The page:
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Pujara continues to dominate

914   //    23 Nov 2012, 18:53 IST

After England were soundly thrashed by 9 wickets last week, much of the focus centred on the non-selection of Panesar. Clearly, with hindsight, he should have played. But would he have made a difference to the result? Doubtful. There were two key problems for England in the last Test, their batting and Cheteshwar Pujara.

Whilst Panesar has impressed on his return to the side, his dismissal of Tendulkar in particular was reminiscent of the Panesar of 2006. However, he couldn’t fix the main problem. Pujara ends the day not out on 114, his Test average now standing at a Bradman-esque 85.50. It is impossible not to draw comparisons to Rahul Dravid. Pujara has replaced the great man at no.3; he even bats with the same air of invincibility.

When Dravid was batting, especially on a good day, the only way you were going to get him out was with a huge slice of luck, a bad decision, or a very rare loose stroke. The same applies to Pujara. He does not worry about his strike rate, admittedly rather easy with Sehwag, Kohli and Yuvraj in the same batting order. He is technically about as perfect as you could hope to be and, crucially, he can play the short ball.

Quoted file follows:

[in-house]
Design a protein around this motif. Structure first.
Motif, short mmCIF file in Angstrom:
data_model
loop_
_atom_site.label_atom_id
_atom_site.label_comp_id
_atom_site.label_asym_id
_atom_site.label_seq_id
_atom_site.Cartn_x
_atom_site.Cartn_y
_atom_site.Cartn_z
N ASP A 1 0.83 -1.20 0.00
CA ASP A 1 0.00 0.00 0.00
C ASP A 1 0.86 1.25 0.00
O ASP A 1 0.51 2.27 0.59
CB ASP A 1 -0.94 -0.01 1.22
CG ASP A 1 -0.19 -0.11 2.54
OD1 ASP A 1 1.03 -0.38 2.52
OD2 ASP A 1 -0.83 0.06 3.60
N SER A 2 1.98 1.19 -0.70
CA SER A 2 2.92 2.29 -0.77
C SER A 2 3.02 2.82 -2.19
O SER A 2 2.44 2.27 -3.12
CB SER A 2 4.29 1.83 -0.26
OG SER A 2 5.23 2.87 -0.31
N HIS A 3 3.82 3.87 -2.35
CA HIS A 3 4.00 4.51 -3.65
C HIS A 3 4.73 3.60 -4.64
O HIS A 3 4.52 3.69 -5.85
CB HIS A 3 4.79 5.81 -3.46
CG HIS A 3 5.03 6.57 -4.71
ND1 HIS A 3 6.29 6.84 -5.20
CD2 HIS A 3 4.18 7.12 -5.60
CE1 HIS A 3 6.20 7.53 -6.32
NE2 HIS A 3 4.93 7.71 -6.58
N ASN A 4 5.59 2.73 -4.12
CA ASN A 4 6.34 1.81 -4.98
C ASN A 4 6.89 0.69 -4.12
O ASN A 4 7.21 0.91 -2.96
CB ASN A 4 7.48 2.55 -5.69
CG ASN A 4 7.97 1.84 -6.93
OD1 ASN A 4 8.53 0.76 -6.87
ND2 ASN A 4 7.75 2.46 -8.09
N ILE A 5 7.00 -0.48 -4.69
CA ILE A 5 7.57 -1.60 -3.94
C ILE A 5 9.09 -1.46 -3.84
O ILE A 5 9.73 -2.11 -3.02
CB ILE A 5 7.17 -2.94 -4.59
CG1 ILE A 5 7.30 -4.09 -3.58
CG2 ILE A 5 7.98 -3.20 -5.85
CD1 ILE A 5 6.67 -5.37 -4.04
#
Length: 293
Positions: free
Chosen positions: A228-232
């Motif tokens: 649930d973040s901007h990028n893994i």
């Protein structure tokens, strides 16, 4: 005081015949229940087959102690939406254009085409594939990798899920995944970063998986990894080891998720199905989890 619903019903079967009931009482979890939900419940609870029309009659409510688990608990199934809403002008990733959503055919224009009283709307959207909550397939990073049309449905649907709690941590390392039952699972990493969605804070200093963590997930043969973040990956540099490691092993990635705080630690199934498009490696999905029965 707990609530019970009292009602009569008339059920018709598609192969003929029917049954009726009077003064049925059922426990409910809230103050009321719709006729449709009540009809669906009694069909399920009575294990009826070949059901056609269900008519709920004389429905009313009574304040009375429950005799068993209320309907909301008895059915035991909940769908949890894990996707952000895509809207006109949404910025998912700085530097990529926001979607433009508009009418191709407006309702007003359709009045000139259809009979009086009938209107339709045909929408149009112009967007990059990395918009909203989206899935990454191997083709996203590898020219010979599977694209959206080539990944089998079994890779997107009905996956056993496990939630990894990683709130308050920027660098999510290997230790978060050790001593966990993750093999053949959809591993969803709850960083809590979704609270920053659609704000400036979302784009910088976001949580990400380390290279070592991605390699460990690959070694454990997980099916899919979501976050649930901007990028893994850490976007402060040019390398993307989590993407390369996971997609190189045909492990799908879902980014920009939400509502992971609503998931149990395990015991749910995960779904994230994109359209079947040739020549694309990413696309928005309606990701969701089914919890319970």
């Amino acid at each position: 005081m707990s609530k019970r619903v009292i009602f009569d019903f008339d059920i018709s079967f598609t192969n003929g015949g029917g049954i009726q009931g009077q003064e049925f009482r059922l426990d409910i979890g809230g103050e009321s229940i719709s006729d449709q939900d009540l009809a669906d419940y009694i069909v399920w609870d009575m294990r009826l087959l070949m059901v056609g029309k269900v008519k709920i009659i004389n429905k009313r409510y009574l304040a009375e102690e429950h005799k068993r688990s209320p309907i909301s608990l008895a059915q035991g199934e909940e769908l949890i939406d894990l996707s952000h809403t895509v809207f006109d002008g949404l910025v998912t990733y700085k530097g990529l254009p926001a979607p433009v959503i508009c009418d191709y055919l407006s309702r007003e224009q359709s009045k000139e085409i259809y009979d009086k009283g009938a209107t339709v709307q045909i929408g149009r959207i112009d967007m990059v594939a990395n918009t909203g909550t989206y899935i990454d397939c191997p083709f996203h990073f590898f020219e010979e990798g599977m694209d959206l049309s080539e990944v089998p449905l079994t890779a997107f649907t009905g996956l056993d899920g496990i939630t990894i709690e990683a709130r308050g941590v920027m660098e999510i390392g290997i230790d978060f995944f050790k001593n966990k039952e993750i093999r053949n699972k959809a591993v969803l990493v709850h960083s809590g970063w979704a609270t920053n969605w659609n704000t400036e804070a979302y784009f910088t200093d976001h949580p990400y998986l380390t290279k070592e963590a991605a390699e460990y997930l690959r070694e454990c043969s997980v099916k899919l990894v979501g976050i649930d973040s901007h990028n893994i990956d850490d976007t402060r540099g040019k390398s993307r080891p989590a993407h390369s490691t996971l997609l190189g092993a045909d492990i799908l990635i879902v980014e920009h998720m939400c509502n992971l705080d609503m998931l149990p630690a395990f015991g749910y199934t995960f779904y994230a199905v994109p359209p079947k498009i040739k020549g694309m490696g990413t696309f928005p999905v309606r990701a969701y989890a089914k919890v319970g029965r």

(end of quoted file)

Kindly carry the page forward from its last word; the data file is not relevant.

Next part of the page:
Early on in the first session, Broad was testing the water. He gave Pujara a sharp bouncer, he ducked under it as it flew through to Prior. Broad, clearly encouraged by the pace and carry of the ball, tried again. This time, Pujara lent back and nonchalantly guided the ball over the slips. Perhaps most impressively, Pujara propped forward to the next ball, which was full and offered the most pristine forward defence you will ever see. Dravid himself would’ve been proud.

These 3 balls showed exactly why Pujara has the potential to be one of the greats. To have the ability, awareness and confidence to clip Broad over the slips was mesmerising. Then, when some batsmen would hold back, wary of another short ball, Pujara went forward.

Sometimes, a dead pan defence is more demoralising for a bowler than a slog over midwicket. Pujara’s defence said to Broad: “You’re not getting through here, good luck”. Broad had bowled a perfectly good ball, it didn’t even test Pujara. So, rather than focusing on whether or not Panesar should or should not play, or to play 5 bowlers or 4, England might want to think about how the hell they’re going to get Pujara out. It is a rather more perplexing conundrum.

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I write about cricket, football (groaning about Arsenal, mainly), F1 and occasionally cycling. Proud owner of a First Class degree in Sports Journalism. Tendency to rant.
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